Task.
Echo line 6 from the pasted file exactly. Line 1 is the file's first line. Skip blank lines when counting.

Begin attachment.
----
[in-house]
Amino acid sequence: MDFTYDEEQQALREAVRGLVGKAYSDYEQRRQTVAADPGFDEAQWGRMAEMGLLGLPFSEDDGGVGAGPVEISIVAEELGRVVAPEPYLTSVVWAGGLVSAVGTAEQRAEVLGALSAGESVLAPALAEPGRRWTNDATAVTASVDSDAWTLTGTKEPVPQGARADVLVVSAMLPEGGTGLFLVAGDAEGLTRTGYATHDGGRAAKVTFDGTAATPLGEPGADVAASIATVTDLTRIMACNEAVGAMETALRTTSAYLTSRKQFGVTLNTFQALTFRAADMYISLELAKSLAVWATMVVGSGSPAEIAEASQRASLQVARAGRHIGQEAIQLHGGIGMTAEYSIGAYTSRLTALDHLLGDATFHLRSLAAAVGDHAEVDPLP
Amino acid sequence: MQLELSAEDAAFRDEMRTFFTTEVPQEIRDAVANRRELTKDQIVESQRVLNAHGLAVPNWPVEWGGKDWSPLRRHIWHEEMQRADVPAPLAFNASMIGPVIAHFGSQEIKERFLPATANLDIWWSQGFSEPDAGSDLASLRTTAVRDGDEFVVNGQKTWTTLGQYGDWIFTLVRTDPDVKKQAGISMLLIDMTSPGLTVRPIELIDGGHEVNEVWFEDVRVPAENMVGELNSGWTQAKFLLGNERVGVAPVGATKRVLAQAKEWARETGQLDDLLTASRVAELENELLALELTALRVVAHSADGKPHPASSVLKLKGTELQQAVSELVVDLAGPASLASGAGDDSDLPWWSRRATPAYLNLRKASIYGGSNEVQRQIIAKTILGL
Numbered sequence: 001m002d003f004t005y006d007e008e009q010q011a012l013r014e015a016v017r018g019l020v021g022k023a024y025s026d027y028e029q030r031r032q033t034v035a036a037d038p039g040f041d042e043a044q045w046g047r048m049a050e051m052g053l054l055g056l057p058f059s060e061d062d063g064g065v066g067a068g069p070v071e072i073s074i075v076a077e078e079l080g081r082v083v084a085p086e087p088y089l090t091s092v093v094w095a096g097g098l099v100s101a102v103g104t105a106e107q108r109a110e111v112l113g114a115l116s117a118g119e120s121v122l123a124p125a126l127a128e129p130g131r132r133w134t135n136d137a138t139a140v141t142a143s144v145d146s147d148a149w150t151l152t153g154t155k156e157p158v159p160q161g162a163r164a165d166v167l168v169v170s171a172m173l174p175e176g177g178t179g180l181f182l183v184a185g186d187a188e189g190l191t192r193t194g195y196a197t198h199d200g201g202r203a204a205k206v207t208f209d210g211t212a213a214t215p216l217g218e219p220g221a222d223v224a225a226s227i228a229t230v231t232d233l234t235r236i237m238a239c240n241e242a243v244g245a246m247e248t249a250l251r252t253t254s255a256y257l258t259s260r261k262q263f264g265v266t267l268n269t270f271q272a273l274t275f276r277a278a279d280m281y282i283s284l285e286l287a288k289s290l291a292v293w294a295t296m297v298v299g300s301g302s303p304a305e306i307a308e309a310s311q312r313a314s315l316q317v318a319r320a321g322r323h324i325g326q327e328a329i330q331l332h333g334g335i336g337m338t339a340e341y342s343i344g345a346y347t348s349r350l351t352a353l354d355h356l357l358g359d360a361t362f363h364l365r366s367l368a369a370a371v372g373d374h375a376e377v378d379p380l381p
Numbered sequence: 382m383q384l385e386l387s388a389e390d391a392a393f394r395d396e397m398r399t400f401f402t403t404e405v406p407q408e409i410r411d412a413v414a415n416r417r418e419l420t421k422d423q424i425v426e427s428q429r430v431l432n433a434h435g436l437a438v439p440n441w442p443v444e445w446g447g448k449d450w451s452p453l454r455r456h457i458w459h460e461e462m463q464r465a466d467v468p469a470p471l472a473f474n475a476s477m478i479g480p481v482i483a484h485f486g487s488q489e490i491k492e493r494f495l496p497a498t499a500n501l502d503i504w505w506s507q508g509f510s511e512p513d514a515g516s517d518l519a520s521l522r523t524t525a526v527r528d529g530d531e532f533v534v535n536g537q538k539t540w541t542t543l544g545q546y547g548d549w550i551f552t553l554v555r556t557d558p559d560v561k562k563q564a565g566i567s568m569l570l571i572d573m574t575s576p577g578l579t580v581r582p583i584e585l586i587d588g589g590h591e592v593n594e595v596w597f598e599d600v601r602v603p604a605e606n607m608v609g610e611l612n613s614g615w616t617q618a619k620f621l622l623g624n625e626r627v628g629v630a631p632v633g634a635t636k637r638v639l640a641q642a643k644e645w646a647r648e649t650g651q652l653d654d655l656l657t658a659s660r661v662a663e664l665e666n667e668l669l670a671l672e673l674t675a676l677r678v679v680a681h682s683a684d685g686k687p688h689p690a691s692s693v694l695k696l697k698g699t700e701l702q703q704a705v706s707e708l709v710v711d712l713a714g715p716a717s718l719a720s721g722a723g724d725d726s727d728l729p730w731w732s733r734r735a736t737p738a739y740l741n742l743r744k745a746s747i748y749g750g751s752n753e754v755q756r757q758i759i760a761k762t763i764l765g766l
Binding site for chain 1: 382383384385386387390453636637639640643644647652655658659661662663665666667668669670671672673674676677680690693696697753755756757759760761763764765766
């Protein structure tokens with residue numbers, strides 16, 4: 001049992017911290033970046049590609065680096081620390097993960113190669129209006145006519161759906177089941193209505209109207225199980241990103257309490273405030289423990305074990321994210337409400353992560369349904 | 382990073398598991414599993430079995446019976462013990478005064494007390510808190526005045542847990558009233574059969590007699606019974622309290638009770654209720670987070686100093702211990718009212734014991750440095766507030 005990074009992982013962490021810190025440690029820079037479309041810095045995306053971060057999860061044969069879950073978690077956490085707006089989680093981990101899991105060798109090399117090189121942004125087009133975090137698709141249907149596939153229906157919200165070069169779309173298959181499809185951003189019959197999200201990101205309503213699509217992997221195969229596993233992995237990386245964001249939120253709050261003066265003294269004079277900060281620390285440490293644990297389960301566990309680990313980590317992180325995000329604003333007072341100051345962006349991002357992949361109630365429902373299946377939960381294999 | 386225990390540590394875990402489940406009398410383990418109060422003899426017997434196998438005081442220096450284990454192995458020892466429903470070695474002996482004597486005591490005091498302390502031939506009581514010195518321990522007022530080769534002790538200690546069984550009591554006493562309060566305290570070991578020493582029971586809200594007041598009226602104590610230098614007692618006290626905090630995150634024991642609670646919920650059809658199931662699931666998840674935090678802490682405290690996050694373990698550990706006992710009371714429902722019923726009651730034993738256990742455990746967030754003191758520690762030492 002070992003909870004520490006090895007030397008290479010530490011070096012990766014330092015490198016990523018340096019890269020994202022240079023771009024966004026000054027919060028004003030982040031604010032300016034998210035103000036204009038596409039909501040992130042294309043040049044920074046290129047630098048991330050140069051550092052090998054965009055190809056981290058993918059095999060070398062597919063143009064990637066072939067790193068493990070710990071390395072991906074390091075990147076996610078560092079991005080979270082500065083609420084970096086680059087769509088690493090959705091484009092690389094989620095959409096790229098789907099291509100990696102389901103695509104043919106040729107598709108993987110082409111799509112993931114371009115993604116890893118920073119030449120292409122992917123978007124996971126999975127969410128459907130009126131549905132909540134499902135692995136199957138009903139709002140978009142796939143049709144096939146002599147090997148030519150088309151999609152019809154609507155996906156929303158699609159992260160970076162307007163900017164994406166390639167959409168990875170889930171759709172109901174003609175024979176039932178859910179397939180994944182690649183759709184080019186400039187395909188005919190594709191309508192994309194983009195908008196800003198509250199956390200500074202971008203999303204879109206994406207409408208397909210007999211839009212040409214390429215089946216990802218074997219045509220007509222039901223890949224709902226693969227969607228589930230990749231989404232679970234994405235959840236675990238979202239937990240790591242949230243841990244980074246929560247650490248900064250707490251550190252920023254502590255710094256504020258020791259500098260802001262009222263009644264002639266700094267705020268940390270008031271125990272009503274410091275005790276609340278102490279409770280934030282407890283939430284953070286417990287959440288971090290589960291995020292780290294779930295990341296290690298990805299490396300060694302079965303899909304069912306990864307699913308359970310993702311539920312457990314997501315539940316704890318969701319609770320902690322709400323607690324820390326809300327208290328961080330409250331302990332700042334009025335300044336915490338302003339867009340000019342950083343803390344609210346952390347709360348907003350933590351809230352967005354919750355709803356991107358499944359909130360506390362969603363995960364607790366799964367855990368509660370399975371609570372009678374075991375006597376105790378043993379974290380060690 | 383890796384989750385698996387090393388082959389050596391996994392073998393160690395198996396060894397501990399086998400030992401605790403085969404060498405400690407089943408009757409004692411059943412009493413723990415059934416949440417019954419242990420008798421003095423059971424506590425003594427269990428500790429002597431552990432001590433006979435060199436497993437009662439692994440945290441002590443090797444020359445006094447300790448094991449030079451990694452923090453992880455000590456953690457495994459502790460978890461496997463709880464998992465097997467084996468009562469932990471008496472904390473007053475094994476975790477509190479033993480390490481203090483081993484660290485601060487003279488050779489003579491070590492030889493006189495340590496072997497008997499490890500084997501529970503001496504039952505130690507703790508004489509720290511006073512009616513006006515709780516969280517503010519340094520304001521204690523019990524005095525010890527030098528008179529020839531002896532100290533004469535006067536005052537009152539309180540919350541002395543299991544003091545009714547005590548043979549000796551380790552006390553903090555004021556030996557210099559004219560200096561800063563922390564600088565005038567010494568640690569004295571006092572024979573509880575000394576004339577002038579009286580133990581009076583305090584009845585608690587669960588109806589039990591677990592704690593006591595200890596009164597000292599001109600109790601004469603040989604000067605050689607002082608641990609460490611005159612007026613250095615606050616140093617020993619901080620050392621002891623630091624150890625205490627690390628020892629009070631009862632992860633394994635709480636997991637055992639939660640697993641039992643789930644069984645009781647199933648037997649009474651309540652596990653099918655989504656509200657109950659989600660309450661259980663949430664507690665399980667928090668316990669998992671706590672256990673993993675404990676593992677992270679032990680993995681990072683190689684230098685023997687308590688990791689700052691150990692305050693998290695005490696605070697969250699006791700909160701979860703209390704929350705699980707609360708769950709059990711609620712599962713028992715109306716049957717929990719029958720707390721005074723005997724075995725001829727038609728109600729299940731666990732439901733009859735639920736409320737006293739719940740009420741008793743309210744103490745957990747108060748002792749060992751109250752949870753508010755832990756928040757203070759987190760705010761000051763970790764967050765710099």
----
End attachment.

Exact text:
Binding site for chain 1: 382383384385386387390453636637639640643644647652655658659661662663665666667668669670671672673674676677680690693696697753755756757759760761763764765766